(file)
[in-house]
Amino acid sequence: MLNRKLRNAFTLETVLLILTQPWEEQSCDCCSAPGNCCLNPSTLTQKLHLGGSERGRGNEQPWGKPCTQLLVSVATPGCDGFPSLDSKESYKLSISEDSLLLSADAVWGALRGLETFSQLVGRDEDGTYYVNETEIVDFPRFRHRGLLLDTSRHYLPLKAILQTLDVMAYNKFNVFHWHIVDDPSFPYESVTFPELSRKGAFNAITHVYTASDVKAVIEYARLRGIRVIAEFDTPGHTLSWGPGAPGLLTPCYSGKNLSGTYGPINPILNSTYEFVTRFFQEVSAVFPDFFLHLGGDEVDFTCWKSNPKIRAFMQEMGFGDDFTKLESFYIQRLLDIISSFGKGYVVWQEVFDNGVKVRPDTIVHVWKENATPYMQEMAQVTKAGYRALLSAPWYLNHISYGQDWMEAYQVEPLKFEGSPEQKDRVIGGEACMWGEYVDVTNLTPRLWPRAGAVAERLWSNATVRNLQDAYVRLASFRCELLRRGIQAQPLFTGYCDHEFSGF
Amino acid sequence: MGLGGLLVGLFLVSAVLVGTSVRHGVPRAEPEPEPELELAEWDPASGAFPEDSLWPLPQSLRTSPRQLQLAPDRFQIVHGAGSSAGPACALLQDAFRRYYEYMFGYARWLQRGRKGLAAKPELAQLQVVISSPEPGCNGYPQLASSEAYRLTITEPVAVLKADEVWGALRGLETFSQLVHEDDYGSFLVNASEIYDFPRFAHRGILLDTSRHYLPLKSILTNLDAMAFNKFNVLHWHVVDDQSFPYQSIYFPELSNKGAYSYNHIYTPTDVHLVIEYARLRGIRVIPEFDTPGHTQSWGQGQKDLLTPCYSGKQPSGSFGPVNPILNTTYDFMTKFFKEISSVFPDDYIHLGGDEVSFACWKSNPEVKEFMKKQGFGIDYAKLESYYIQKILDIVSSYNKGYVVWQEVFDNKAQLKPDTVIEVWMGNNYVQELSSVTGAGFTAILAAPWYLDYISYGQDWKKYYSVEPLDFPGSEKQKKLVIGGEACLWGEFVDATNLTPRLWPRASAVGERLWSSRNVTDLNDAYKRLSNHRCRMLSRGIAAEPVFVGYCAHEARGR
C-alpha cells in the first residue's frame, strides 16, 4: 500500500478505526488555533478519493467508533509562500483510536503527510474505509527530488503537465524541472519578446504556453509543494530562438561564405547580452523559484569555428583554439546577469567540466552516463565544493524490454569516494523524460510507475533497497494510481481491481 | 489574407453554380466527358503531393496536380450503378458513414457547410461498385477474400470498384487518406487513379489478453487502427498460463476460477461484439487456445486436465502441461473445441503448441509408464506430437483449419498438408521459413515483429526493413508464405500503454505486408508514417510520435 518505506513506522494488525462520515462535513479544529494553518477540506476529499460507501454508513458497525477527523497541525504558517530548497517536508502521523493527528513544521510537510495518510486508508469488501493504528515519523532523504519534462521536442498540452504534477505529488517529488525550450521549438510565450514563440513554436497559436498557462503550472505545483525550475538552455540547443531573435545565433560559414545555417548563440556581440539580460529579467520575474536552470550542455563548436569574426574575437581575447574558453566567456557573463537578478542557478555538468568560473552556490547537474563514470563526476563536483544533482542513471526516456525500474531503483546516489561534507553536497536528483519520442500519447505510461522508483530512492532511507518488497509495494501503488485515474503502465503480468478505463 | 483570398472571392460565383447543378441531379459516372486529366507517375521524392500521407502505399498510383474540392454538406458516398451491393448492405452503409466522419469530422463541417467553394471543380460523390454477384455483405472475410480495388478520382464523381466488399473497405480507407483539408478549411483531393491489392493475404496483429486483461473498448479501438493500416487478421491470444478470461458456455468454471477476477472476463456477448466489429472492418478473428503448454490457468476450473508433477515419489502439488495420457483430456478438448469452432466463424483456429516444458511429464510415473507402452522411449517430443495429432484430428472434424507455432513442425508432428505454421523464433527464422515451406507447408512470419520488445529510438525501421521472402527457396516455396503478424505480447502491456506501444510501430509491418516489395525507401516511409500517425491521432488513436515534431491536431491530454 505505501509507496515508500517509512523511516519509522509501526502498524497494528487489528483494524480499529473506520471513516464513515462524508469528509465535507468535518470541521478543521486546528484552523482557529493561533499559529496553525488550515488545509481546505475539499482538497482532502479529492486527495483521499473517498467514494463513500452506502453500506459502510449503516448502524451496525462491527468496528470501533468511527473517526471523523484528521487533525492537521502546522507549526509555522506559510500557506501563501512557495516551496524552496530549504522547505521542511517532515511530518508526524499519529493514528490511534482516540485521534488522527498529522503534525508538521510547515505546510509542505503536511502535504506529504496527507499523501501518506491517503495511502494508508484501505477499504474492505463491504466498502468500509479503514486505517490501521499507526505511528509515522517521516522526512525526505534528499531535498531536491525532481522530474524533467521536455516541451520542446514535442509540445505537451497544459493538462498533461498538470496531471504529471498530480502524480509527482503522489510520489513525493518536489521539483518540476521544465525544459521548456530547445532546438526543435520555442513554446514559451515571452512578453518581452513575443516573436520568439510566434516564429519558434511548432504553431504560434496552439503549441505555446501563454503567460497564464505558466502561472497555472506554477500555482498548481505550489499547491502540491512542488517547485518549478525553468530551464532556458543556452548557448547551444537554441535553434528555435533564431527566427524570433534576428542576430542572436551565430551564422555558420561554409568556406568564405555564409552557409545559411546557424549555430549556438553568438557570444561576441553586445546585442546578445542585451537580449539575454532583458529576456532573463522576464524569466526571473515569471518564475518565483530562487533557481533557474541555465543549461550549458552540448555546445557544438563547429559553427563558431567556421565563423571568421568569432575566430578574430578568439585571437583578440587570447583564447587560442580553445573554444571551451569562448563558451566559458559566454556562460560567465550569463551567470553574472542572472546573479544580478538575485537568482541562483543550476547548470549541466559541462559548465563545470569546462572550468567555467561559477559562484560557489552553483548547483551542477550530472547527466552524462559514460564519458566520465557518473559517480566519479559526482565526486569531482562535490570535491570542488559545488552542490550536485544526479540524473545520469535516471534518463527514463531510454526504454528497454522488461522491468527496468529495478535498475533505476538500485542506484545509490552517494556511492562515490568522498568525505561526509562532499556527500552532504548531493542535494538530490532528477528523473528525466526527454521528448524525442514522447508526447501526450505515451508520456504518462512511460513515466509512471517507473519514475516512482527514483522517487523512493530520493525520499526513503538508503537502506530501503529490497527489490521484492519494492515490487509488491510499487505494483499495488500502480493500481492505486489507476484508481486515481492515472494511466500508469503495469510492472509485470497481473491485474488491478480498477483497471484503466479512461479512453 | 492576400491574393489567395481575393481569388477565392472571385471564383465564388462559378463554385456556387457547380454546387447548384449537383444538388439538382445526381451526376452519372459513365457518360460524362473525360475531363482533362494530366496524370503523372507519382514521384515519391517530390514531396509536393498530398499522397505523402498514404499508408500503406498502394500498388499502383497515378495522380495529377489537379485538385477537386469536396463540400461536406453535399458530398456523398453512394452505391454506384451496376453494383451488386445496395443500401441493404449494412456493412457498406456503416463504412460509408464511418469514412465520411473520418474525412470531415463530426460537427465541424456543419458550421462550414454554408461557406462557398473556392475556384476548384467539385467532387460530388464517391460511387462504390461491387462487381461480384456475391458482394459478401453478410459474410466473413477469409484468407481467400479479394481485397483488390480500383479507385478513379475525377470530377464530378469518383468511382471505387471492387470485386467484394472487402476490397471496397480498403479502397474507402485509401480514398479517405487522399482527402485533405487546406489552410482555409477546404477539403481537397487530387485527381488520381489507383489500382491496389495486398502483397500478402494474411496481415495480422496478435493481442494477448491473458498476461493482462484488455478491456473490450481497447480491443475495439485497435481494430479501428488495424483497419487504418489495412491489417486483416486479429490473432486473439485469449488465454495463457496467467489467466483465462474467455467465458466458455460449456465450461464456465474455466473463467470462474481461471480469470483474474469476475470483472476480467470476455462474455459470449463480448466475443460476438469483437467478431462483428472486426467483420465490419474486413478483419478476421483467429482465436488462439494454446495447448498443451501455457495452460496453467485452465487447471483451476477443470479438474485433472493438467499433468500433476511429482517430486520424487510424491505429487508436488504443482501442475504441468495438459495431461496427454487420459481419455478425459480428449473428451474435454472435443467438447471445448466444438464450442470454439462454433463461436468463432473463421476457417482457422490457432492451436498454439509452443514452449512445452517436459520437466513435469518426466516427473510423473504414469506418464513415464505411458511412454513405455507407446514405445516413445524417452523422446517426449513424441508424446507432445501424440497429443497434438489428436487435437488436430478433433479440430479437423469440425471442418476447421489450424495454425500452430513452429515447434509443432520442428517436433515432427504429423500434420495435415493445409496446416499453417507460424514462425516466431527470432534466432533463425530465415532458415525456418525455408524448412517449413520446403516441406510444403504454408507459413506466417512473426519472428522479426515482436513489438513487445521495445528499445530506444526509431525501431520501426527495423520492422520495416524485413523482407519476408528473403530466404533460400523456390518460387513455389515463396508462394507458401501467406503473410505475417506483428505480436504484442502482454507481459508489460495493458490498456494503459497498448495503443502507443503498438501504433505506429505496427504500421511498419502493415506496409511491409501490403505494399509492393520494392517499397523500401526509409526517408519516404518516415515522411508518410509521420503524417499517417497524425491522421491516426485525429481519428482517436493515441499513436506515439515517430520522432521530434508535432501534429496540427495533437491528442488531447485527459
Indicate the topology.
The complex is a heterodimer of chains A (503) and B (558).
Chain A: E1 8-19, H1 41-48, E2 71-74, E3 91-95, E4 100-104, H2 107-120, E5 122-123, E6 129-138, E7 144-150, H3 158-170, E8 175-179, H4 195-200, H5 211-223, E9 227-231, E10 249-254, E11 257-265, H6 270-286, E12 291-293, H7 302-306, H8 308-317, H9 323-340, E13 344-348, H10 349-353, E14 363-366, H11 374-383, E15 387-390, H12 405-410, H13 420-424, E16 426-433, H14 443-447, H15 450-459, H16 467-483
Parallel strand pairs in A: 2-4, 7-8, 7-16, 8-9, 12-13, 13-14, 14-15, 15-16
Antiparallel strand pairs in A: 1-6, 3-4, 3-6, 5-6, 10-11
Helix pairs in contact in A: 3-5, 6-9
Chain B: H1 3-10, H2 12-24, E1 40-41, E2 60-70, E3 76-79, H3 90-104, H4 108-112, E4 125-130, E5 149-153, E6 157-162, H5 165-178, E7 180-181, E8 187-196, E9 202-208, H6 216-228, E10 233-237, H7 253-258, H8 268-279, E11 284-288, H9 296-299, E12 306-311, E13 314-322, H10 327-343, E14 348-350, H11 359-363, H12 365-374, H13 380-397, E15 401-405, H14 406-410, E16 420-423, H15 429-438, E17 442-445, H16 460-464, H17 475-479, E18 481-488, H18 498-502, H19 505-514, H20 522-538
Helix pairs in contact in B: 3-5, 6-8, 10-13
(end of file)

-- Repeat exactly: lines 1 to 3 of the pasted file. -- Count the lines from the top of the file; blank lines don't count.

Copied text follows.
[in-house]
Amino acid sequence: MLNRKLRNAFTLETVLLILTQPWEEQSCDCCSAPGNCCLNPSTLTQKLHLGGSERGRGNEQPWGKPCTQLLVSVATPGCDGFPSLDSKESYKLSISEDSLLLSADAVWGALRGLETFSQLVGRDEDGTYYVNETEIVDFPRFRHRGLLLDTSRHYLPLKAILQTLDVMAYNKFNVFHWHIVDDPSFPYESVTFPELSRKGAFNAITHVYTASDVKAVIEYARLRGIRVIAEFDTPGHTLSWGPGAPGLLTPCYSGKNLSGTYGPINPILNSTYEFVTRFFQEVSAVFPDFFLHLGGDEVDFTCWKSNPKIRAFMQEMGFGDDFTKLESFYIQRLLDIISSFGKGYVVWQEVFDNGVKVRPDTIVHVWKENATPYMQEMAQVTKAGYRALLSAPWYLNHISYGQDWMEAYQVEPLKFEGSPEQKDRVIGGEACMWGEYVDVTNLTPRLWPRAGAVAERLWSNATVRNLQDAYVRLASFRCELLRRGIQAQPLFTGYCDHEFSGF
Amino acid sequence: MGLGGLLVGLFLVSAVLVGTSVRHGVPRAEPEPEPELELAEWDPASGAFPEDSLWPLPQSLRTSPRQLQLAPDRFQIVHGAGSSAGPACALLQDAFRRYYEYMFGYARWLQRGRKGLAAKPELAQLQVVISSPEPGCNGYPQLASSEAYRLTITEPVAVLKADEVWGALRGLETFSQLVHEDDYGSFLVNASEIYDFPRFAHRGILLDTSRHYLPLKSILTNLDAMAFNKFNVLHWHVVDDQSFPYQSIYFPELSNKGAYSYNHIYTPTDVHLVIEYARLRGIRVIPEFDTPGHTQSWGQGQKDLLTPCYSGKQPSGSFGPVNPILNTTYDFMTKFFKEISSVFPDDYIHLGGDEVSFACWKSNPEVKEFMKKQGFGIDYAKLESYYIQKILDIVSSYNKGYVVWQEVFDNKAQLKPDTVIEVWMGNNYVQELSSVTGAGFTAILAAPWYLDYISYGQDWKKYYSVEPLDFPGSEKQKKLVIGGEACLWGEFVDATNLTPRLWPRASAVGERLWSSRNVTDLNDAYKRLSNHRCRMLSRGIAAEPVFVGYCAHEARGR